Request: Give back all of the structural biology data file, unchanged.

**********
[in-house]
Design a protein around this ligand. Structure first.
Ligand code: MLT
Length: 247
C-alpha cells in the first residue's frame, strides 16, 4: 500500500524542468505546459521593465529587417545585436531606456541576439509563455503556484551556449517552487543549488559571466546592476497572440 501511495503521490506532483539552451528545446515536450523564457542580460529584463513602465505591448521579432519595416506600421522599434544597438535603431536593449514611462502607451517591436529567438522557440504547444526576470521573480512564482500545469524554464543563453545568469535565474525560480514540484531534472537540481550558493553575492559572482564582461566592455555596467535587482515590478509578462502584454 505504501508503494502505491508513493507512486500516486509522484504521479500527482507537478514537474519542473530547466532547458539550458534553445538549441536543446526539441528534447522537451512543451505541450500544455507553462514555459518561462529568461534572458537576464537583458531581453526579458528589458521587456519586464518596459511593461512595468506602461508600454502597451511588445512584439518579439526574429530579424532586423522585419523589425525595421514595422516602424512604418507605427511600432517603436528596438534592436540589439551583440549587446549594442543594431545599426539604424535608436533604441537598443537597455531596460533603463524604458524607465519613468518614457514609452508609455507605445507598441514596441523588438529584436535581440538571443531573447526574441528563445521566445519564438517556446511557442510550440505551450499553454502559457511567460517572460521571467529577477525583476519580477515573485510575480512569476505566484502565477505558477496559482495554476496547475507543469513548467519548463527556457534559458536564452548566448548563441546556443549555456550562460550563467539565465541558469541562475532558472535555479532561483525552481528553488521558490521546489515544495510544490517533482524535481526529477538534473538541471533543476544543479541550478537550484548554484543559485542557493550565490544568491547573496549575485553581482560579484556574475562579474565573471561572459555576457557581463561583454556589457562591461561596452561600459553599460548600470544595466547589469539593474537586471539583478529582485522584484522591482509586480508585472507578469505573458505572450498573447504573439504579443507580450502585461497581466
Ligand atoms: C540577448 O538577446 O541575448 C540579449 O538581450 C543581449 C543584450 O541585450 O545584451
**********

[in-house]
Design a protein around this ligand. Structure first.
Ligand code: MLT
Length: 247
C-alpha cells in the first residue's frame, strides 16, 4: 500500500524542468505546459521593465529587417545585436531606456541576439509563455503556484551556449517552487543549488559571466546592476497572440 501511495503521490506532483539552451528545446515536450523564457542580460529584463513602465505591448521579432519595416506600421522599434544597438535603431536593449514611462502607451517591436529567438522557440504547444526576470521573480512564482500545469524554464543563453545568469535565474525560480514540484531534472537540481550558493553575492559572482564582461566592455555596467535587482515590478509578462502584454 505504501508503494502505491508513493507512486500516486509522484504521479500527482507537478514537474519542473530547466532547458539550458534553445538549441536543446526539441528534447522537451512543451505541450500544455507553462514555459518561462529568461534572458537576464537583458531581453526579458528589458521587456519586464518596459511593461512595468506602461508600454502597451511588445512584439518579439526574429530579424532586423522585419523589425525595421514595422516602424512604418507605427511600432517603436528596438534592436540589439551583440549587446549594442543594431545599426539604424535608436533604441537598443537597455531596460533603463524604458524607465519613468518614457514609452508609455507605445507598441514596441523588438529584436535581440538571443531573447526574441528563445521566445519564438517556446511557442510550440505551450499553454502559457511567460517572460521571467529577477525583476519580477515573485510575480512569476505566484502565477505558477496559482495554476496547475507543469513548467519548463527556457534559458536564452548566448548563441546556443549555456550562460550563467539565465541558469541562475532558472535555479532561483525552481528553488521558490521546489515544495510544490517533482524535481526529477538534473538541471533543476544543479541550478537550484548554484543559485542557493550565490544568491547573496549575485553581482560579484556574475562579474565573471561572459555576457557581463561583454556589457562591461561596452561600459553599460548600470544595466547589469539593474537586471539583478529582485522584484522591482509586480508585472507578469505573458505572450498573447504573439504579443507580450502585461497581466
Ligand atoms: C540577448 O538577446 O541575448 C540579449 O538581450 C543581449 C543584450 O541585450 O545584451